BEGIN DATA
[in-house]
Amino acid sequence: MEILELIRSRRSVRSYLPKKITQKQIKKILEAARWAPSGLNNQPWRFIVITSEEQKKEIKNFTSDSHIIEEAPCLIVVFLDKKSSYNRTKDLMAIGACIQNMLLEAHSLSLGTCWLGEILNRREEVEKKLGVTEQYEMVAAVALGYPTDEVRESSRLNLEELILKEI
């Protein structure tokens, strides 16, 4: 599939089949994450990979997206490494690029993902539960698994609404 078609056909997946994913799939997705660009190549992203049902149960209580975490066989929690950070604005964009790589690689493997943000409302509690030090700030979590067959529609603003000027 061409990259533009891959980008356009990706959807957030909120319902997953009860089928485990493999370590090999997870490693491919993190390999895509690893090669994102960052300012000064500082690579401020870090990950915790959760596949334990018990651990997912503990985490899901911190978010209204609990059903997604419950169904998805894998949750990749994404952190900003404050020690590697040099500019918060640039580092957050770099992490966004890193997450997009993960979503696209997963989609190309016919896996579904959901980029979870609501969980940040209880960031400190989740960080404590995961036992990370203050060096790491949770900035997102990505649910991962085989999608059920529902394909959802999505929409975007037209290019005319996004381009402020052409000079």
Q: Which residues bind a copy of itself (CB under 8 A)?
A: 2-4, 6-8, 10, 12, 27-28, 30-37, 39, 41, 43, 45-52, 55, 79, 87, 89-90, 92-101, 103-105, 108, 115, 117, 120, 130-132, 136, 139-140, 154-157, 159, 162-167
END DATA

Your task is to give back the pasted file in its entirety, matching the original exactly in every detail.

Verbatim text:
[in-house]
Amino acid sequence: MEILELIRSRRSVRSYLPKKITQKQIKKILEAARWAPSGLNNQPWRFIVITSEEQKKEIKNFTSDSHIIEEAPCLIVVFLDKKSSYNRTKDLMAIGACIQNMLLEAHSLSLGTCWLGEILNRREEVEKKLGVTEQYEMVAAVALGYPTDEVRESSRLNLEELILKEI
């Protein structure tokens, strides 16, 4: 599939089949994450990979997206490494690029993902539960698994609404 078609056909997946994913799939997705660009190549992203049902149960209580975490066989929690950070604005964009790589690689493997943000409302509690030090700030979590067959529609603003000027 061409990259533009891959980008356009990706959807957030909120319902997953009860089928485990493999370590090999997870490693491919993190390999895509690893090669994102960052300012000064500082690579401020870090990950915790959760596949334990018990651990997912503990985490899901911190978010209204609990059903997604419950169904998805894998949750990749994404952190900003404050020690590697040099500019918060640039580092957050770099992490966004890193997450997009993960979503696209997963989609190309016919896996579904959901980029979870609501969980940040209880960031400190989740960080404590995961036992990370203050060096790491949770900035997102990505649910991962085989999608059920529902394909959802999505929409975007037209290019005319996004381009402020052409000079």
Q: Which residues bind a copy of itself (CB under 8 A)?
A: 2-4, 6-8, 10, 12, 27-28, 30-37, 39, 41, 43, 45-52, 55, 79, 87, 89-90, 92-101, 103-105, 108, 115, 117, 120, 130-132, 136, 139-140, 154-157, 159, 162-167